Church leaders in sub-Saharan Africa are hungry to know more about God’s Word and how to help their communities.
The words “Bible school” may invoke images of college-like campuses, solemn meetings between scholars and chapel prayer times.
For some in the West, this may be the only way they’ve seen or heard of theological training be done, but for many church leaders in other parts of the world, the experience is quite different.
Like the Word itself, training for pastors can come with eternal truths in ways that respond to their unique needs.
The Gift of Bible School
Many of the men gathered are already acting pastors with church congregations that depend on them. Taking off their jackets, they greet others they recognize from nearby villages.
Church leaders in many parts of Kenya may not have any opportunity to receive formal Bible training. They learn from childhood church leaders, their fathers, or simply from reading and rereading their Bibles. When World Challenge’s partners, the Full Gospel Church of Kenya, offered them scholarships to attend a local Bible school, many leaped at the opportunity.
Here, their theology lessons are paired with practical lessons about how to help their parishioners. After scriptural training from their instructor, they gather in circles to share their own thoughts and experiences as ministers.
Kenyan culture is far more relationally based than many Western societies, but this can sometimes lead to sticky situations for church leaders.
If someone gives a superior a gift or is asked to do a favor, they will expect special help or support in return. These arrangements often lead to more, similar exchanges; and once started, this dependency on leadership is very difficult to end amicably.
Maintaining the reciprocity of benefits can make discipling others into leadership much more challenging, and many newer pastors quickly find their church’s “needs” leaving them drained and overwhelmed.
Crossing the River of Dependency
Much of the Bible school’s practical lessons focus on pastors developing sustainable practices. One particular lesson they learn is the “river crossing.”
The class instructor asks the group to imagine a dangerous river flowing through the center of the class, not difficult for pastors who live near tributaries that claim the lives of several people each year.
On one side is a hospital clinic. On the other is a village, but the people haven’t found a safe way to cross. The instructor presents himself as a leader from another village who has found several stepping stones through the raging waters. He invites two pastors from the group to stand with him.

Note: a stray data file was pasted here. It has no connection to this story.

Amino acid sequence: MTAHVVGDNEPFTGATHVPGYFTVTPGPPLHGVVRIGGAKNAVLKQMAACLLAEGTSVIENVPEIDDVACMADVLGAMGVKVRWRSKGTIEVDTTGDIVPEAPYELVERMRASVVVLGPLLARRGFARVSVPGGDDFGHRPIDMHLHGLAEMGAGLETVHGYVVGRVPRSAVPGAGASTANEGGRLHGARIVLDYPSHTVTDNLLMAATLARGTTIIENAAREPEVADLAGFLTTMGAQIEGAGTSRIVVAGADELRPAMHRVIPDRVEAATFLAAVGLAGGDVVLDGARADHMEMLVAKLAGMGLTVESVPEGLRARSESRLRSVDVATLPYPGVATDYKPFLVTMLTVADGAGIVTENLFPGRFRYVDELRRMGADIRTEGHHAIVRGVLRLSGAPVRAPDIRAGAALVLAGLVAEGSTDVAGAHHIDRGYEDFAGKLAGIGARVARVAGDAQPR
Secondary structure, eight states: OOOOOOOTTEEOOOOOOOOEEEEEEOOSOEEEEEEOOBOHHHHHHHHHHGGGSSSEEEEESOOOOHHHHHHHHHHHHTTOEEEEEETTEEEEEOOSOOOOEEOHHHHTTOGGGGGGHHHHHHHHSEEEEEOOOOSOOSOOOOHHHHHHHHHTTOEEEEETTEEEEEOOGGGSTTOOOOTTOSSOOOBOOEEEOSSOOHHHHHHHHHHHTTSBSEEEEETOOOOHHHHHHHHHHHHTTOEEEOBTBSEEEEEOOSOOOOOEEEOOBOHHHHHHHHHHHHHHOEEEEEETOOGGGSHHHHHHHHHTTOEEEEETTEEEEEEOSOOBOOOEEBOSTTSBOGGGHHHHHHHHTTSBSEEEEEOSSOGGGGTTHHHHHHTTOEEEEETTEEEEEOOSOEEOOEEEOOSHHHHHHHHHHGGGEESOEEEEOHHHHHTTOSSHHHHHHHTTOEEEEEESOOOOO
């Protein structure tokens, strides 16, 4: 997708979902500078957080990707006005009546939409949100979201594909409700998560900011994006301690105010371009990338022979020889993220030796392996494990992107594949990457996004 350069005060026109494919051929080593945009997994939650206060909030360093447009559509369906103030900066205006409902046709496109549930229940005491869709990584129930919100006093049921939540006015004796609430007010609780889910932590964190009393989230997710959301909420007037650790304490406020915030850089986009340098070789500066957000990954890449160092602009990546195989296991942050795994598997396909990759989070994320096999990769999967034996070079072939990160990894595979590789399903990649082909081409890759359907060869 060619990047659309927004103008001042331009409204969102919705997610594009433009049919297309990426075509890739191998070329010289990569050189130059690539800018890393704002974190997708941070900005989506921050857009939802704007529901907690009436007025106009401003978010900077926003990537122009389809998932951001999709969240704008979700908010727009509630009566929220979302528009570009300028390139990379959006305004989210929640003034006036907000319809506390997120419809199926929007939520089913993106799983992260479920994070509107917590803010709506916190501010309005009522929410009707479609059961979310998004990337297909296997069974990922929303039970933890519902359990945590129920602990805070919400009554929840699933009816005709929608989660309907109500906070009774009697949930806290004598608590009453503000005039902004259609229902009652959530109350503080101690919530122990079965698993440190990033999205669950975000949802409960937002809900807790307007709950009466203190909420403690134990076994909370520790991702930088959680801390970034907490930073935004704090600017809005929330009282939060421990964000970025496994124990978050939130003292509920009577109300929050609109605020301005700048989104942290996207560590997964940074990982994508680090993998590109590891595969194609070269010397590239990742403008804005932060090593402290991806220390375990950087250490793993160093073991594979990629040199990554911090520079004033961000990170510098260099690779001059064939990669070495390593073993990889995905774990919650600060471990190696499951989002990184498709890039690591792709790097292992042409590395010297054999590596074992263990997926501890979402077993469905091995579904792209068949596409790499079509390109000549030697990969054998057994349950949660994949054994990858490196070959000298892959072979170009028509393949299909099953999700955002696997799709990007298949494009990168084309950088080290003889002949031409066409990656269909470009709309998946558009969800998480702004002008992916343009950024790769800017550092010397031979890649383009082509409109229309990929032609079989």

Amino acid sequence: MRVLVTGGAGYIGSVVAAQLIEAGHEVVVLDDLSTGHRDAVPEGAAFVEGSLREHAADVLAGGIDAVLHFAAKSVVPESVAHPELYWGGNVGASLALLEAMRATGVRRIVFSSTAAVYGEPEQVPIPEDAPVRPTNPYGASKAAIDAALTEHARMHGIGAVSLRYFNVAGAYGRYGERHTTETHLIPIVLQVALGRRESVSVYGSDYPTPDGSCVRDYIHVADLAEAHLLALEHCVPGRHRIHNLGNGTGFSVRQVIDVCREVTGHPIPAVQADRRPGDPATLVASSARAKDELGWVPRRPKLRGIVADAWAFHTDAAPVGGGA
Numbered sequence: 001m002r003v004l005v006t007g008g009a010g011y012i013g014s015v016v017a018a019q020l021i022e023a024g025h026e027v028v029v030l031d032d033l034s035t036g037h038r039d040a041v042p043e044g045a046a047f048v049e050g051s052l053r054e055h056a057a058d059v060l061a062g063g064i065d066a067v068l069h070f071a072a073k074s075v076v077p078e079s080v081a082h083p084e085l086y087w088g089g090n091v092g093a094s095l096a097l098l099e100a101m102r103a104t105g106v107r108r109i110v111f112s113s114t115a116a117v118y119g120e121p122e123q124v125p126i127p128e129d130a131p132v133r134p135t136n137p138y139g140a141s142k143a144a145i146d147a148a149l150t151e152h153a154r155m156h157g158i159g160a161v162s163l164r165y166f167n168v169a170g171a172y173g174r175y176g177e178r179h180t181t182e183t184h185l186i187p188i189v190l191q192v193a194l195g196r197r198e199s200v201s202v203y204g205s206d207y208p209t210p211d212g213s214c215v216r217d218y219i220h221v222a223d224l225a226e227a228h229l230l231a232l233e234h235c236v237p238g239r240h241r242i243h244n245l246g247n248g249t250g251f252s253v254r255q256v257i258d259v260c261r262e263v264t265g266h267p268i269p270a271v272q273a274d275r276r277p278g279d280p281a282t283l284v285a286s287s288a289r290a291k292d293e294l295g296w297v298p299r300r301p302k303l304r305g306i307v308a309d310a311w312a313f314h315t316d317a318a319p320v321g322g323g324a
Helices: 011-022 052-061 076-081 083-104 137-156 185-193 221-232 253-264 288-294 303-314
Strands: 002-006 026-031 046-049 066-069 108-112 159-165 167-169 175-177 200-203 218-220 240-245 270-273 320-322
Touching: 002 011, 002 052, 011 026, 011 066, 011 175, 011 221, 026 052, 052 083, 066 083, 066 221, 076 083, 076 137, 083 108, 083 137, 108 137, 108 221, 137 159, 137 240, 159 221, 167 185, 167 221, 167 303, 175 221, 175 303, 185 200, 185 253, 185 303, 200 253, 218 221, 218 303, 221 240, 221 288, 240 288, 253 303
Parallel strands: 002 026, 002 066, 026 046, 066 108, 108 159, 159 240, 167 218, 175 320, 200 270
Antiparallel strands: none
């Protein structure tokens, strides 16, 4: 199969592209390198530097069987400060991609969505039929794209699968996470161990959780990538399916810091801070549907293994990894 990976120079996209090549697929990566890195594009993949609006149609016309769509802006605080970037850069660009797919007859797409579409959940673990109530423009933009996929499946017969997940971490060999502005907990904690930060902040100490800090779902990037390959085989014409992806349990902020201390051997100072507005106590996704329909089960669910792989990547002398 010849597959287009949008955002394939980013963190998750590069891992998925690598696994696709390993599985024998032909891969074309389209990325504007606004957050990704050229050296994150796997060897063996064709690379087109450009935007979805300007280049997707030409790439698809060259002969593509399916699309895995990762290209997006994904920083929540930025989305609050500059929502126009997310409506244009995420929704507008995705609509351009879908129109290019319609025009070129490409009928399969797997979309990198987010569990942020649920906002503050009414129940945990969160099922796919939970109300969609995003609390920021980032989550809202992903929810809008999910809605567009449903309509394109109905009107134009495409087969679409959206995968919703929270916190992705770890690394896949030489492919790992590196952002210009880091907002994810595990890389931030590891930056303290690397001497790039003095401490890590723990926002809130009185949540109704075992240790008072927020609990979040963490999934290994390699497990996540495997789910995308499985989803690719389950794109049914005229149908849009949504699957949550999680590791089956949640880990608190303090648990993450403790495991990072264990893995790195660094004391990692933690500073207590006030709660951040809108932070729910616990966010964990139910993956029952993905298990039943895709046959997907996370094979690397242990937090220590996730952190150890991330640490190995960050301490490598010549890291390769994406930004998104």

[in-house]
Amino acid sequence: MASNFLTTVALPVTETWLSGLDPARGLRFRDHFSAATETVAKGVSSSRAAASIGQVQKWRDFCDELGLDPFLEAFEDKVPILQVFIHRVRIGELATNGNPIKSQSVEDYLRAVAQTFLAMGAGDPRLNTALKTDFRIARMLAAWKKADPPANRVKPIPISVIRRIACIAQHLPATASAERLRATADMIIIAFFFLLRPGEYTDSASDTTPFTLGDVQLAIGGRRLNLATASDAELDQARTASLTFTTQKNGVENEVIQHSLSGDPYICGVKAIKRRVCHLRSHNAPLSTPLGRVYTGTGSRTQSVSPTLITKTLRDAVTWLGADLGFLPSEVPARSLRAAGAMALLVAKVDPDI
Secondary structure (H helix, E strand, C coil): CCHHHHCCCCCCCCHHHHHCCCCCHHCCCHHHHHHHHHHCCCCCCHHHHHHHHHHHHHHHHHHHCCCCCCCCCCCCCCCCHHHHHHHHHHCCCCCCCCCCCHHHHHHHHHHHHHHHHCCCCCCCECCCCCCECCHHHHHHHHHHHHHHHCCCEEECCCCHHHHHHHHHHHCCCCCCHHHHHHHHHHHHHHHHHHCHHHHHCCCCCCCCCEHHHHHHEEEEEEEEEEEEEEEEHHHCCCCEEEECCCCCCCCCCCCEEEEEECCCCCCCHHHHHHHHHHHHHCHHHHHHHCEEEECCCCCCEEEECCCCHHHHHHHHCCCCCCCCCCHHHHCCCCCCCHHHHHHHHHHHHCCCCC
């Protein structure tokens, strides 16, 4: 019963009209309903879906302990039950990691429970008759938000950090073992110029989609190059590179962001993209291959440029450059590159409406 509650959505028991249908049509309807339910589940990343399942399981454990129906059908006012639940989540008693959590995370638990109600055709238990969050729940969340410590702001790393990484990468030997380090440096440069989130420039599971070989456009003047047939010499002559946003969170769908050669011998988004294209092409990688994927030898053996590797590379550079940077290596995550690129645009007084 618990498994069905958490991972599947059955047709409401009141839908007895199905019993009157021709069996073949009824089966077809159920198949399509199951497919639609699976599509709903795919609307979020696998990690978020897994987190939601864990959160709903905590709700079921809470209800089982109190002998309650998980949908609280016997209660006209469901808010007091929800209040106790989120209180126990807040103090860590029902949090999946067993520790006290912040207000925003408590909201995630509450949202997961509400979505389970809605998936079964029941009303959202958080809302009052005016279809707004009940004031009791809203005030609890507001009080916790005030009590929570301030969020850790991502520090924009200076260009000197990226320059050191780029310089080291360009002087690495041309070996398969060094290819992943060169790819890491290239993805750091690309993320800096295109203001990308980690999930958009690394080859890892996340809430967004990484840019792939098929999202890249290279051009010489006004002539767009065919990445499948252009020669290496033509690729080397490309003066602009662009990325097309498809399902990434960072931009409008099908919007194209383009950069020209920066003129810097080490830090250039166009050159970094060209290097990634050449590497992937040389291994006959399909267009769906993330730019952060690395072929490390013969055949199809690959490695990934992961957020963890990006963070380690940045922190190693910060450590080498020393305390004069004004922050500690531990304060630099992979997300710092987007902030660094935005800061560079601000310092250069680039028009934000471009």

One grins and the other looks slightly nervous as the instructor quietly explains their roles in the skit.
They join him at the edge of the imagined river. “Can you help us cross? In fact, can you just carry us?”
Laughter breaks out in the room as one student tries to hop up on the instructor’s back. The instructor theatrically struggles to the center of the river, then drops the student there. “I can’t go on! I’m sorry. I have to leave you here.”
“But now I’m worse off than I was before,” the student protests.
“I’m too exhausted. I can’t…I’m sorry.”
The laughs swiftly die off. For nearly every pastor in the room, the pressure and shame of this scenario is all too real.
The instructor explains that he is a different leader now as he walks to the second student. “I can’t carry you across, but I can show you how to cross for yourself and I’ll walk alongside you.” Slowly they work their way across the river, helping the stranded student as they go along together.
After the skit, the instructor links the core concept to how Jesus walked with his disciples and asks the pastors to suggest more biblical examples of discipleship.
Then he invites all the pastors to brainstorm real-life ways that they can equip and empower others rather than trying to “carry” those who want help.
Discussion is thoughtful and fervent. Everyone has vested interest in these outcomes.
For these pastors, the abstract theological ideas must reasonably gain traction on the dusty road back to their church and community where they return each week to preach and care for members.
In many ways, their Bible school instructor is acting out the river crossing for each one of them in every lesson.